What is the availability of international schools? What has been your general experience with them, if any?
We had a great experience at Oslo International School. - Jan 2020
Every Embassy child I knew attended Oslo International School. I think most parents were content. The school is open 9am-3pm, only 180 teaching days a year with various breaks throughout the year. This makes it difficult for spouses to have a full-time job. It's not that teachers are more educated than those in US public schools. I think what helps run the school more smoothly are the ample budget, smaller classes, and lots of parents volunteering. - Dec 2016
The Oslo International School is a British IB curriculum school that most folks use and seems well-liked. I don't think they have much capacity to deal with anything beyond the most basic learning disabilities or special needs, but that could certainly change as well as be a case-by-case status. There is also a French School right downtown a few blocks from the palace, but I have no experience with it. We opted to put our son first in a local barnehage (preschool and kindergarten rolled into one) since he turned 5 right as we arrived. He was fluent in the language by our first Christmas and we opted to stay with the local public school system for our whole time. Norway just lowered the starting age for first grade from 7 to 6 in the last ten years or so. School is very play and experience-focused rather than academic, so depending on your kid's age and particular personality, this may not be the right choice for everyone. Our son has loved nearly every day and we are happy with his academic process as well. - Jun 2015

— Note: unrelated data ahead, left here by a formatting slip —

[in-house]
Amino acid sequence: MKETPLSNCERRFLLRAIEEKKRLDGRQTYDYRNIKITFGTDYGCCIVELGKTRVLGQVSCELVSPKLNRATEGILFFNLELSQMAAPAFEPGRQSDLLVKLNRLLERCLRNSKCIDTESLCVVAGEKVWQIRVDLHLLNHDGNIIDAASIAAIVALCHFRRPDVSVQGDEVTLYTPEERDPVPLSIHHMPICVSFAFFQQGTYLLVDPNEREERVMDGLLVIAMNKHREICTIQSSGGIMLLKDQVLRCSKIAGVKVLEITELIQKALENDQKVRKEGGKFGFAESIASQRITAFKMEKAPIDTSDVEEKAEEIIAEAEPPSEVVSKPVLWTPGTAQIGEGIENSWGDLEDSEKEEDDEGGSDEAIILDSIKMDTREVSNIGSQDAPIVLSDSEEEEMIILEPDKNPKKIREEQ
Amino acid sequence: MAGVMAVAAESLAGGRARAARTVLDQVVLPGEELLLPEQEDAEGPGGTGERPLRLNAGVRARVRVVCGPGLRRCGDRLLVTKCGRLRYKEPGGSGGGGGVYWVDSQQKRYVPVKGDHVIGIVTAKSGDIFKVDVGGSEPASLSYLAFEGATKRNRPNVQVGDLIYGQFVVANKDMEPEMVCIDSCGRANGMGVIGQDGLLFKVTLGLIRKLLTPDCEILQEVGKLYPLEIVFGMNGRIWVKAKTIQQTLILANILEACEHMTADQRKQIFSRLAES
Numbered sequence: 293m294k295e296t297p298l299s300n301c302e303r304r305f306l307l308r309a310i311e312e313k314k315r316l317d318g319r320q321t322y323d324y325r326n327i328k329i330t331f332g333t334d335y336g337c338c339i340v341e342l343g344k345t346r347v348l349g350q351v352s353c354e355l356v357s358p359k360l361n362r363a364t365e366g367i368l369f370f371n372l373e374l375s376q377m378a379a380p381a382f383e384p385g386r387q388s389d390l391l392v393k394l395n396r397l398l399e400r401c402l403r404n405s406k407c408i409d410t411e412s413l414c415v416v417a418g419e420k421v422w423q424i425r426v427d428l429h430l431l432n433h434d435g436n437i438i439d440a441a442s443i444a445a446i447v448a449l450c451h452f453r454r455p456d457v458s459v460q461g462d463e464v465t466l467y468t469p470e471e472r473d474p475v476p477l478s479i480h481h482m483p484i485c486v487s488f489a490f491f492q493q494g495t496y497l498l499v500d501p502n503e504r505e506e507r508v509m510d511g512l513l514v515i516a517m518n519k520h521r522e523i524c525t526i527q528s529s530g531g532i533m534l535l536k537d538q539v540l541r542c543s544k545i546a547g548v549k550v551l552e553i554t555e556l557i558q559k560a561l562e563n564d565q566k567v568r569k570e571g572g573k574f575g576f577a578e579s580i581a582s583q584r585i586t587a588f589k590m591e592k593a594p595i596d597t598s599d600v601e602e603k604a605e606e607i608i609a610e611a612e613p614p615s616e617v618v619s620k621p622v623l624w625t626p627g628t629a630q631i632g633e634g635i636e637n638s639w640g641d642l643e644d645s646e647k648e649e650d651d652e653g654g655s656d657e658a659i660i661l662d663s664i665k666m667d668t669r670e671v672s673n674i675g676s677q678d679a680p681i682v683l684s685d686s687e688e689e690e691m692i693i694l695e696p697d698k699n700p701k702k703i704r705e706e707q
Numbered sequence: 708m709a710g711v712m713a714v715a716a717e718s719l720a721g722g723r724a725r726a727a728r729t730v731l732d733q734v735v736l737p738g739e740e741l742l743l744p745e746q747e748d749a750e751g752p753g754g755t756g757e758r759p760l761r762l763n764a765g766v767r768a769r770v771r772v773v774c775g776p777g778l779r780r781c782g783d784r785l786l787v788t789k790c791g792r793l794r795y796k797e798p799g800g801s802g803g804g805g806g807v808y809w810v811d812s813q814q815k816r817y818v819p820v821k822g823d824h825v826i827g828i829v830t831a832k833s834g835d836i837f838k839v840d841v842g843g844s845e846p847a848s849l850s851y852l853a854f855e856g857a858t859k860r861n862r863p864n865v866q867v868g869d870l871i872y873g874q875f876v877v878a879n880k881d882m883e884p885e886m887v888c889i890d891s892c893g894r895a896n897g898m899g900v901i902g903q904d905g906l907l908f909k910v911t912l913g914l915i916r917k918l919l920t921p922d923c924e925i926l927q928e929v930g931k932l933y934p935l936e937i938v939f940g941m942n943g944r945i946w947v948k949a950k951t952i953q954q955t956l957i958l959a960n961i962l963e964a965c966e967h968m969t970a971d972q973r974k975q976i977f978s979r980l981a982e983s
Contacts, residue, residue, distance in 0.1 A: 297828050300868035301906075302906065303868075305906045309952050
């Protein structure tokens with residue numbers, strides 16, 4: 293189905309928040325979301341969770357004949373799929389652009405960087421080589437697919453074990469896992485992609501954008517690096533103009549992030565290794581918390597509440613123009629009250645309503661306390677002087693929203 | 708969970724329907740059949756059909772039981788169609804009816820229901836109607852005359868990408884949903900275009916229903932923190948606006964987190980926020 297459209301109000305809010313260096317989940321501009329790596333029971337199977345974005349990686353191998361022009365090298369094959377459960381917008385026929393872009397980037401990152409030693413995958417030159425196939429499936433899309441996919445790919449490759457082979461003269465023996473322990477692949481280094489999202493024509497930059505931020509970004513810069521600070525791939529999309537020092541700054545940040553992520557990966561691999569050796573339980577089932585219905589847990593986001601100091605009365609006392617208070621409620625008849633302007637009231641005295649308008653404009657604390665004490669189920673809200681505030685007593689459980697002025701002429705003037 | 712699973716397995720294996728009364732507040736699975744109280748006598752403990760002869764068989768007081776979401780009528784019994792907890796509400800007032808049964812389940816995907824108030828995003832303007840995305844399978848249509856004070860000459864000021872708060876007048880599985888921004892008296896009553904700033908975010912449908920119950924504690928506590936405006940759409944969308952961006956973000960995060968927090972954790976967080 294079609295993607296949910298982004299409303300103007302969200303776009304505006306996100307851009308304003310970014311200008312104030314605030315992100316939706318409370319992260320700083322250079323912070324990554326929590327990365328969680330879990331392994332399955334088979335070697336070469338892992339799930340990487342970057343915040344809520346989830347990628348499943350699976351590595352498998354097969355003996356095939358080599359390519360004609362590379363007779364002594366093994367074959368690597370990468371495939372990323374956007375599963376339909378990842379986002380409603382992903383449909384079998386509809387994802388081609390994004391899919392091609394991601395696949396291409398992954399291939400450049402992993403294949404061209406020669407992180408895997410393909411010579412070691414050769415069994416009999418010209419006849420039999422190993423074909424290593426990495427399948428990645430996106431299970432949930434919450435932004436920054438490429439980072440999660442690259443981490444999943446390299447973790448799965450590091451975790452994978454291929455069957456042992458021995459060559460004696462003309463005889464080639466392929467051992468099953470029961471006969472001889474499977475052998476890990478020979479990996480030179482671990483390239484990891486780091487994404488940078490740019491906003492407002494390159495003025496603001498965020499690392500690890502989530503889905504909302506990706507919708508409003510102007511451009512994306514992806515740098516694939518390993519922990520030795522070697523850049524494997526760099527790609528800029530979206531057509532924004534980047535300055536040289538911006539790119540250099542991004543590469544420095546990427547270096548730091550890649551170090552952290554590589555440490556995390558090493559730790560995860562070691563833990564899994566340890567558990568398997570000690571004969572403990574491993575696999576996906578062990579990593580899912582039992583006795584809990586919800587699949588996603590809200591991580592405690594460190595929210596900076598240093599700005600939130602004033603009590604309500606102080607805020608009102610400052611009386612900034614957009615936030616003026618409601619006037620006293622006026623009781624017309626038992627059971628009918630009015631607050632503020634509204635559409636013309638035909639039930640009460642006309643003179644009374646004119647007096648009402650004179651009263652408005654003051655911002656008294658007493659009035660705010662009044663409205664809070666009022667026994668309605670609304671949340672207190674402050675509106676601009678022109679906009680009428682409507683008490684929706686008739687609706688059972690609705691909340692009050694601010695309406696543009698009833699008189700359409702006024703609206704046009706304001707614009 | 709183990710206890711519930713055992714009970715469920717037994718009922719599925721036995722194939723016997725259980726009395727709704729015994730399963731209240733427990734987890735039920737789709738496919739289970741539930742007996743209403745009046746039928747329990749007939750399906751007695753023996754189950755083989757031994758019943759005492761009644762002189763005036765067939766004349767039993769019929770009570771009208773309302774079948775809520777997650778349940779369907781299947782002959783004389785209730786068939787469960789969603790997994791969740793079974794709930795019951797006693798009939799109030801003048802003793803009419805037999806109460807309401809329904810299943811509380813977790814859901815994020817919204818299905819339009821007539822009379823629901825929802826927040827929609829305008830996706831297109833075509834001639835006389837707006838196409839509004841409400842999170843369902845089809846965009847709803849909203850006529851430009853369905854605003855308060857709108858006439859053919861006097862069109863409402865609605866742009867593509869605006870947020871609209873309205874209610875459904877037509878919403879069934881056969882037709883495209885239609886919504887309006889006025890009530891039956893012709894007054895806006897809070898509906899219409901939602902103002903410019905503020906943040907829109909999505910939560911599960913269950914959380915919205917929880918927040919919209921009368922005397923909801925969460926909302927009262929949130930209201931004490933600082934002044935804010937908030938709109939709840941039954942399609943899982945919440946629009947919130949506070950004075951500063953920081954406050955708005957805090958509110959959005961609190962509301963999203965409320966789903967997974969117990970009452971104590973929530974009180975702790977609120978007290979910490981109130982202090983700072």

Oslo International School is the main school for expats (non-Norwegian speakers) in Oslo. I think it is a mixed bag. The primary school is not as challenging as schools in the Washington DC area, but once they get to secondary school it tends to get more challenging. The primary and secondary schools follow the IB curriculum. - Aug 2011